micah | 2 Jan 19:16 2010
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Queue updates to eliminate write-lock errors


I'm sure we are all seeing these occasionally:

notmuch-call-notmuch-process: A Xapian exception occurred opening database: Unable to get write lock
on .... : already locked

It happens when you try to make a change while 'notmuch new' is being
run, which is regularly. Typically a 'notmuch new' process doesn't take
that long (especially if you are running the newer xapian libraries that
fix that bug), but I still find that I am getting that error fairly
regularly. It could be because I have a somewhat slow laptop, which has
limited memory, CPU and a slow disk, so these updates take longer so I
hit that race more frequently than others.

In any case, I am sure people have figured out the best way to deal with
this already, just the work has to be done, but in case it hasn't been
floated yet, what about a queueing layer that accepts interactive
changes and attempts to apply them to the backend, backing off and
retrying until it can get the xapian lock. That way we can merrily go
along and make changes without hitting this locking problem. These
changes might have a minor delay before they are applied (until the
queue has been flushed), but it would be the same amount of time that we
have to wait now, just without the write-lock error.

micah
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Erik Mackdanz | 3 Jan 23:00 2010
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Attachments and URLs from vim plugin

From the Vim plugin, is there a way to:
	- save attachments?
	- pipe attachments to a viewer program?
	- extract URLs for piping to, say, urlview?

If these features don't exist yet, and if someone can point me in the 
direction of the "right" way to implement them, I could maybe bust out
some patches.

I think these are my remaining hang-ups before I can make a commitment.
I really look forward to using NotMuch.  I read about Sup with great
interest back in the day, but ultimately failed to install it, having no
experience (nor interest otherwise) in Ruby.

So, thanks for NotMuch!

--

-- 
Erik M.
Ruben Pollan | 5 Jan 16:33 2010
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Re: [PATCH] Added regress option to tags iterator

On 19:16, Mon 21 Dec 09, Carl Worth wrote:
> On Mon, 21 Dec 2009 17:23:55 -0800, Carl Worth <cworth@...> wrote:
> >   New function		Corresponds to existing function (if any)
> >   ------------		-----------------------------------------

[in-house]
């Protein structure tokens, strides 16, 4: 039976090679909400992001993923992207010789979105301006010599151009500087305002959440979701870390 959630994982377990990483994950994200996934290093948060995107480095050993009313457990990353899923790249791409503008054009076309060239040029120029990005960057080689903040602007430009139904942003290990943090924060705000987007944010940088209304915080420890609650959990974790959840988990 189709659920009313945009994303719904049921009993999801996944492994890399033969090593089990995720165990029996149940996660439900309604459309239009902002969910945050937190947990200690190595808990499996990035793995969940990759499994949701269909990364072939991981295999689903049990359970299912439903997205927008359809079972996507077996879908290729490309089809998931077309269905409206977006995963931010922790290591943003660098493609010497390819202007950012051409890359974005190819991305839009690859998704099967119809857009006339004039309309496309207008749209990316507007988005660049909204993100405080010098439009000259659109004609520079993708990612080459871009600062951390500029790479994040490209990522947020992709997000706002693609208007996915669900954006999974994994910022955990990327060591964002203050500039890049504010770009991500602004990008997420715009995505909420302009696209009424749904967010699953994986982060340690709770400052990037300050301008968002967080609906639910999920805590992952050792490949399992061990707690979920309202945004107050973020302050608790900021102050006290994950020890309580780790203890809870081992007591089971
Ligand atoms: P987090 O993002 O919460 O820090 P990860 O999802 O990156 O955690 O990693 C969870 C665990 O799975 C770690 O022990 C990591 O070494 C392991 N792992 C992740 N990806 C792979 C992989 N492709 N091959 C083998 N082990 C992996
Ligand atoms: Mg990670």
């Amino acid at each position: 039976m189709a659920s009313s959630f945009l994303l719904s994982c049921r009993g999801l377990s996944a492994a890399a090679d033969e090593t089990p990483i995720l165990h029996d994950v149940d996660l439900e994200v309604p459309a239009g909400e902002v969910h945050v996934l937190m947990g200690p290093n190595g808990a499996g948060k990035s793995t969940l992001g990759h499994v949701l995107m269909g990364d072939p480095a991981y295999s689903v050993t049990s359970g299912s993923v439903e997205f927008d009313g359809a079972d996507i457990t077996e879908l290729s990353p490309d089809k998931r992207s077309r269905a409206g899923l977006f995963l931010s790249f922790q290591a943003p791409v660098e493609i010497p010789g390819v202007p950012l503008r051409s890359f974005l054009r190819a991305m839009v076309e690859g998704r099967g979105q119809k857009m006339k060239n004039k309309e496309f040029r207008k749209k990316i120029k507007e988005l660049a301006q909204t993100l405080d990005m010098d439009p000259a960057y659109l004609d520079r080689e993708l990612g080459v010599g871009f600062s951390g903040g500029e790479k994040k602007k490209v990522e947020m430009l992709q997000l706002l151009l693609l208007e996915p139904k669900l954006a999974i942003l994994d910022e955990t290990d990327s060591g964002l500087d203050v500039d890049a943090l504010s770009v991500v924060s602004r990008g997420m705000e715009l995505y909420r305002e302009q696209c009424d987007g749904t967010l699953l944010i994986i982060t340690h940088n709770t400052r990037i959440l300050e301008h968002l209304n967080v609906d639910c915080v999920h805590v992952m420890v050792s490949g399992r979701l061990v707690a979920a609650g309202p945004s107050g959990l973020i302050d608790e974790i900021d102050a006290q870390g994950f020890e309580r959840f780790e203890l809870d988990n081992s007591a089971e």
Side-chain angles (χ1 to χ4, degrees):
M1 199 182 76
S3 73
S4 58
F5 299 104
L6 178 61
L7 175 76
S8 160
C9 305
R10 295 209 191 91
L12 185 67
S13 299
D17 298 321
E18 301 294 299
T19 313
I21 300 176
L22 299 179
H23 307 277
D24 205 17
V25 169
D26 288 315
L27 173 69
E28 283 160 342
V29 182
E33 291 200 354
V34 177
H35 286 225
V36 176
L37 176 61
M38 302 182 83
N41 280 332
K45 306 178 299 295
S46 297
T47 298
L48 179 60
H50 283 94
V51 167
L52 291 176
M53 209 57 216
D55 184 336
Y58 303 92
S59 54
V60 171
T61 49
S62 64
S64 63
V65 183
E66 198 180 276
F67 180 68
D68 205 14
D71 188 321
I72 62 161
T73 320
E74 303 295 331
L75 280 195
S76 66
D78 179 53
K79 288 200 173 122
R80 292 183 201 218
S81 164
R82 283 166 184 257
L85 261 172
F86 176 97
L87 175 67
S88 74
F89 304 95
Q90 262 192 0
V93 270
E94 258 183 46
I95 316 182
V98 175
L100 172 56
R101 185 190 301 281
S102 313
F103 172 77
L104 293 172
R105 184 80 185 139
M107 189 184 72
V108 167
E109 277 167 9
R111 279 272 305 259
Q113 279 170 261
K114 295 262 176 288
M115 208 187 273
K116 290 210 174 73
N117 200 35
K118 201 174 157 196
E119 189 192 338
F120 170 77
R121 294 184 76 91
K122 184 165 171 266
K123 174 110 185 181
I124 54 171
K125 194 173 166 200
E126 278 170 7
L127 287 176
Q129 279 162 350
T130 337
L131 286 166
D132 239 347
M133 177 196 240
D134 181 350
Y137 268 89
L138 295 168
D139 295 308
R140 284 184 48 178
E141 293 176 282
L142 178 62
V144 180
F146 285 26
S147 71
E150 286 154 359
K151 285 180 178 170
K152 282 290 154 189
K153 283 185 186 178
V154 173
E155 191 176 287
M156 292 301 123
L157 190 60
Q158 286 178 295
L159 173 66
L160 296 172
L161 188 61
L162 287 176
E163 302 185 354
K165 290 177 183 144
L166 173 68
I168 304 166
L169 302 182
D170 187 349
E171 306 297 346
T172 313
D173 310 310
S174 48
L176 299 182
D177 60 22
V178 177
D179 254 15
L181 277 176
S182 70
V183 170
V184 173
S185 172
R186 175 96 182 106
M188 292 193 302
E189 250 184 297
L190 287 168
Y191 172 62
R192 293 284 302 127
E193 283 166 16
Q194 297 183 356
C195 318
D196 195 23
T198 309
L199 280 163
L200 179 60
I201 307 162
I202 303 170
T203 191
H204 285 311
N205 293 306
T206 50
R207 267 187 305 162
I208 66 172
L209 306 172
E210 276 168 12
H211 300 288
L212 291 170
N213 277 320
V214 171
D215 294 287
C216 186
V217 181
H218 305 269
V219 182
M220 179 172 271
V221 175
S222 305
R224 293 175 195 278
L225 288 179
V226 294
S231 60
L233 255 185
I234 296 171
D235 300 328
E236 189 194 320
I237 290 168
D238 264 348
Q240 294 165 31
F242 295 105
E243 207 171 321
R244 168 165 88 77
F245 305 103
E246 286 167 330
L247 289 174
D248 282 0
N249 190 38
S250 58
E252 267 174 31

> >   move_to_first		<implicit in iterator creation>
> >   has_next		has_more
> >   move_to_next		advance
> > 
> >   move_to_last		<none>
> >   has_previous		<none>
> >   move_to_previous	<none>
> > 
> >   get			get
> > 
> > The semantics of those all seem clear enough to me. They provide what's
> > necessary for all three portions of a for loop, (in either direction),
> 
> Except that they don't. :-P
> 
> We don't want has_next and has_previous but something more like "has
> current", (perhaps to pair with get_current?).

Not sure if I understand that. Let's see if I understand well. move_to_first
(or move_to_last) will put the iterator in the first (or last) valid item.
move_to_next (and move_to_previous) will be able to reach an invalid item
outside the list. Is it like that?

In some implementations of iterators (like C++ STD) you can reach invalid items
only in one side of the list, at the end, but not at the beginning. Some people
get use to this idea, but should not be a big deal to do it different.
(Continue reading)

Carl Worth | 5 Jan 20:39 2010

Re: [PATCH] Added regress option to tags iterator

On Tue, 5 Jan 2010 16:33:32 +0100, Ruben Pollan <meskio@...> wrote:
> Not sure if I understand that. Let's see if I understand well. move_to_first
> (or move_to_last) will put the iterator in the first (or last) valid item.
> move_to_next (and move_to_previous) will be able to reach an invalid item
> outside the list. Is it like that?

Yes, that's the idea.

> In some implementations of iterators (like C++ STD) you can reach invalid items
> only in one side of the list, at the end, but not at the beginning. Some people
> get use to this idea, but should not be a big deal to do it different.

Yes, I've seen interfaces like that. They don't make sense to me since
then one direction or the other is much harder to iterate, (the
interface won't afford an easy for-loop-based iteration for example).

> So you are thinking in a function has_current showing if the current item is
> valid. Am I right?

Right. So example code using this would be:

	for (notmuch_messages_to_first (messages);
             notmuch_messages_has_current (messages);
             notmuch_messages_to_next (messages))
	{
		notmuch_message_t *message;

		message = notmuch_messages_get_current (messages);

		...
(Continue reading)

Ruben Pollan | 6 Jan 10:08 2010
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Re: [PATCH] Added regress option to tags iterator

On 11:39, Tue 05 Jan 10, Carl Worth wrote:
> Right. So example code using this would be:
> 
> 	for (notmuch_messages_to_first (messages);
>              notmuch_messages_has_current (messages);
>              notmuch_messages_to_next (messages))
> 	{
> 		notmuch_message_t *message;
> 
> 		message = notmuch_messages_get_current (messages);
> 
> 		...
> 	}
> 
> And for iterating in the opposite direction it's very similar:
> 
> 	for (notmuch_messages_to_last (messages);
>              notmuch_messages_has_current (messages);
>              notmuch_messages_to_previous (messages))
> 	{
> 		notmuch_message_t *message;
> 
> 		message = notmuch_messages_get_current (messages);
> 
> 		...
> 	}
> 
> Note that if you couldn't get the iterator to point to an invalid item